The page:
The Public Utilities Commission of Ohio (PUCO) last week adopted a stipulation implementing Columbia Gas of Ohio's infrastructure replacement program. Among other things, it addresses ongoing safety and maintenance concerns related to natural gas line risers, which connect distribution pipelines to customer meters.
"This infrastructure replacement program will directly benefit Columbia's customers as public safety will be enhanced by allowing the company to take responsibility for the repair of prone-to-failure risers and customer service lines that have hazardous leaks," PUCO Chairman Alan R. Schriber said. "Customers will have freedom from the risk of major repair bills and the need to choose and hire repairmen for service work. Further, the program will provide customers with systemwide safety and a single point of contact in the event a leak occurs."
The program allows Columbia to assume responsibility for the immediate repair and replacement of hazardous customer service lines and for the replacement of prone-to-failure risers over a three-year period. The PUCO ordered Columbia to work with PUCO staff on expeditious scheduling of riser replacement work as well as repairs of hazardous leaks on customer service lines.
The agreement addresses concerns the Ohio Consumers' Counsel (OCC) had about safety as well as the cost to residential consumers for fixing risers prone to leaks.
"This agreement will result is a fair solution that will put customers' safety first while controlling the costs all customers will pay," said Consumers Counsel Janine Migden-Ostrander. "When the OCC found that another utility was able to solve the same problem in a more cost-effective manner than Columbia had originally proposed, we helped ensure that Columbia Gas customers would benefit from the same type of savings."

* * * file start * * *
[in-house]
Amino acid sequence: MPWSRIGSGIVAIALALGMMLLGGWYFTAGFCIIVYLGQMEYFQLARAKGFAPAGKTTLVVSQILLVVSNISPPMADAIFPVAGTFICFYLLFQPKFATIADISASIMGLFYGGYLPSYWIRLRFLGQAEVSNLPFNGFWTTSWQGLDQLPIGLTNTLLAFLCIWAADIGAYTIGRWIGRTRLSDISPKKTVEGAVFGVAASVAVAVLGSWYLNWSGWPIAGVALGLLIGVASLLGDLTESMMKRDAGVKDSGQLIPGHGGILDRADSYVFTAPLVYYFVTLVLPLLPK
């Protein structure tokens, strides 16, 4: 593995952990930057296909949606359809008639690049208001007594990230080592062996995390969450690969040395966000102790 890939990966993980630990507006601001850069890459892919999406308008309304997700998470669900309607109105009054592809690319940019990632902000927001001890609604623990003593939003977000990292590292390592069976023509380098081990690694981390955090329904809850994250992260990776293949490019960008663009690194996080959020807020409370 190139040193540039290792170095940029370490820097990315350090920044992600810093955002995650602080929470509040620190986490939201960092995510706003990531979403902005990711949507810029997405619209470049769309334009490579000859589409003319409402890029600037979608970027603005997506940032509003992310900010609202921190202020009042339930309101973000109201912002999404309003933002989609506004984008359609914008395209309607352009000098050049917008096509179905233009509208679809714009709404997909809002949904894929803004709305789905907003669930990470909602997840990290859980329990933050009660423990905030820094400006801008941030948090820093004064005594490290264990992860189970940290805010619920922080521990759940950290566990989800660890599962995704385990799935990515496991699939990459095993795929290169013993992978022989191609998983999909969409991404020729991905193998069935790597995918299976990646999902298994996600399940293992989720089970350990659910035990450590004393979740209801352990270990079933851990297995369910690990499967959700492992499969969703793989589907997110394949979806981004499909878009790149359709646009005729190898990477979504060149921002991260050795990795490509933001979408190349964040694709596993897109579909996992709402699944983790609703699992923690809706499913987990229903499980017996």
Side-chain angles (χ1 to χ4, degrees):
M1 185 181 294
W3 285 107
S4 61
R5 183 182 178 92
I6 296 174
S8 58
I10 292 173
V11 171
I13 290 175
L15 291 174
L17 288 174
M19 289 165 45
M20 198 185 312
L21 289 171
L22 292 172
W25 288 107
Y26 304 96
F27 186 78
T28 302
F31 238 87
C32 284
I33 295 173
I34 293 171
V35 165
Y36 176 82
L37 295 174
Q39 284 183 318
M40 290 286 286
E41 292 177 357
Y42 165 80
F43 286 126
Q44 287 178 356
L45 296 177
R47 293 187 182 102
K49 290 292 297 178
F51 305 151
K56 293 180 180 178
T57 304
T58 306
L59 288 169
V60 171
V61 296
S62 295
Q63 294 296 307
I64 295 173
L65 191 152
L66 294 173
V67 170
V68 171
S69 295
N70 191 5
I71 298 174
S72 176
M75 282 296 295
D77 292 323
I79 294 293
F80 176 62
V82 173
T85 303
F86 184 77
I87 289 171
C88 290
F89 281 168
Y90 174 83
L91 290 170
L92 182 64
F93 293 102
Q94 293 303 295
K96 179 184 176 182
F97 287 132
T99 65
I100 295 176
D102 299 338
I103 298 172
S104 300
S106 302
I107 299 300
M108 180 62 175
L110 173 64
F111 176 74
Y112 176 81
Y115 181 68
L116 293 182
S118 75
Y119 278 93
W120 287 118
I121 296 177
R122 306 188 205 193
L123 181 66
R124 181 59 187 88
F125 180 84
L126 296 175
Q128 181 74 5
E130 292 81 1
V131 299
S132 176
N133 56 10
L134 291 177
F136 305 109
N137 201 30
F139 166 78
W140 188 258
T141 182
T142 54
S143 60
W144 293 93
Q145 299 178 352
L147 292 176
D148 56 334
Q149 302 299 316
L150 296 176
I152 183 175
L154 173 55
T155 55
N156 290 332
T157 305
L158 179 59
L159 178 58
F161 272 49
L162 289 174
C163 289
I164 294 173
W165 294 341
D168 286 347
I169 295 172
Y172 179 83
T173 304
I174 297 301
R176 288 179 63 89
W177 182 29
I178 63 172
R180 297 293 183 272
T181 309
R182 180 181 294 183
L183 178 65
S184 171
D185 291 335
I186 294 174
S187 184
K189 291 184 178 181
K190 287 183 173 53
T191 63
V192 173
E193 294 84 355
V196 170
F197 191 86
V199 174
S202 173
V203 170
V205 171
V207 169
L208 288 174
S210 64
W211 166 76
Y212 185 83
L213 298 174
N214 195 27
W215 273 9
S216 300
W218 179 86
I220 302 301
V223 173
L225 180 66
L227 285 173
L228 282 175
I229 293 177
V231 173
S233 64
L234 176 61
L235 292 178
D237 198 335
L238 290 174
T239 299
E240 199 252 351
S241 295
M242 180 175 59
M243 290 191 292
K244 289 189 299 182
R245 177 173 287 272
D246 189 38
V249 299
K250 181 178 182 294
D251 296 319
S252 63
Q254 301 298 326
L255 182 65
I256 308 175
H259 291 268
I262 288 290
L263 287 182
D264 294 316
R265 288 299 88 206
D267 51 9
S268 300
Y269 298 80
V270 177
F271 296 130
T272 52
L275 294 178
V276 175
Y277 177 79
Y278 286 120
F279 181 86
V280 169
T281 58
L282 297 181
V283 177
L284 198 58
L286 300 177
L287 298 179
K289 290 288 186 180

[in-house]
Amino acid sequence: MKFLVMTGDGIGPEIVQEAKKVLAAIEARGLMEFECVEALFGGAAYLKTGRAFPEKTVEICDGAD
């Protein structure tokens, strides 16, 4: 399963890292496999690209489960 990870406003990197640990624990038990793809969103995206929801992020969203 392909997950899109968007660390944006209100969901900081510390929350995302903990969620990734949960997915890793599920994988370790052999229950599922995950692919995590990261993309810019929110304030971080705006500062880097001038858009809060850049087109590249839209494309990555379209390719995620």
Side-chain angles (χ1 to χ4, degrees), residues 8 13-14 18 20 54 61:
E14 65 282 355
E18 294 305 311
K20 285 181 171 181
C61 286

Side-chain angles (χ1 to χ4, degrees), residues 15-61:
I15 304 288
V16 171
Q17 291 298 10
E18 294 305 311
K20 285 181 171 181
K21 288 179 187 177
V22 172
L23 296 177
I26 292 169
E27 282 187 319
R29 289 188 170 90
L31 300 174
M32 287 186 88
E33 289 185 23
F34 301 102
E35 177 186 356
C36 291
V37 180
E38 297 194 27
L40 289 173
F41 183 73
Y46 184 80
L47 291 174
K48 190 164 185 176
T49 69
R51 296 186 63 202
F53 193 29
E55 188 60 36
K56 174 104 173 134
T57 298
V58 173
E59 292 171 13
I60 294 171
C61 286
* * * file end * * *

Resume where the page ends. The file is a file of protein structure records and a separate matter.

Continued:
The OCC found that Duke Energy, another Ohio natural gas utility addressing gas riser concerns, was able to resolve safety problems without replacing as much equipment and using as much labor as was originally proposed by Columbia. The OCC was able to negotiate a requirement that Columbia review less costly options than it had originally proposed. Columbia agreed to use the more cost-effective process where circumstances permit. Based on revised cost estimates and the more cost-effective solution, the OCC estimates that $10-15 million or more could be saved.
In November 2006 the PUCO staff issued a report on a statewide investigation into the installation, use and performance of gas service risers. The report showed that upon review of a sampling of risers throughout major natural gas utilities' service territories, there is some risk with some field-assembled risers.
Customers who have already contracted with a Department of Transportation operator-qualified plumber to repair or replace a prone-to-failure riser will be eligible for reimbursement up to $500 for work done under the infrastructure replacement program. Those who do not wish to wait for Columbia to repair or replace a prone-to-failure riser will also be reimbursed by Columbia. Reimbursements are capped at $385 for full riser replacements and $330 for riser repairs that are made to the riser after last week's order. Customers are advised to contact Columbia before making repairs and to save receipts that show work done and amounts paid.Upon reimbursement, the customer service line or riser will become a capital asset of Columbia.
As outlined in the stipulation, individual customers will remain responsible for the initial installation of curb-to-meter service.
Last month the PUCO approved the recommendations of its staff outlining a natural gas riser safety policy. All Ohio gas distribution companies were to begin implementing the guidelines immediately (see NGI, March 17). That order did not address issues related to the ownership and repair of customer-owned service lines or financial issues, including the reimbursement of customers who have undertaken repairs of their risers or service lines. These issues are to be addressed on a company-by-company basis, the PUCO said, and several LDCs, including Columbia Gas of Ohio, had initiated related cases before the PUCO (see NGI, March 26, 2007).
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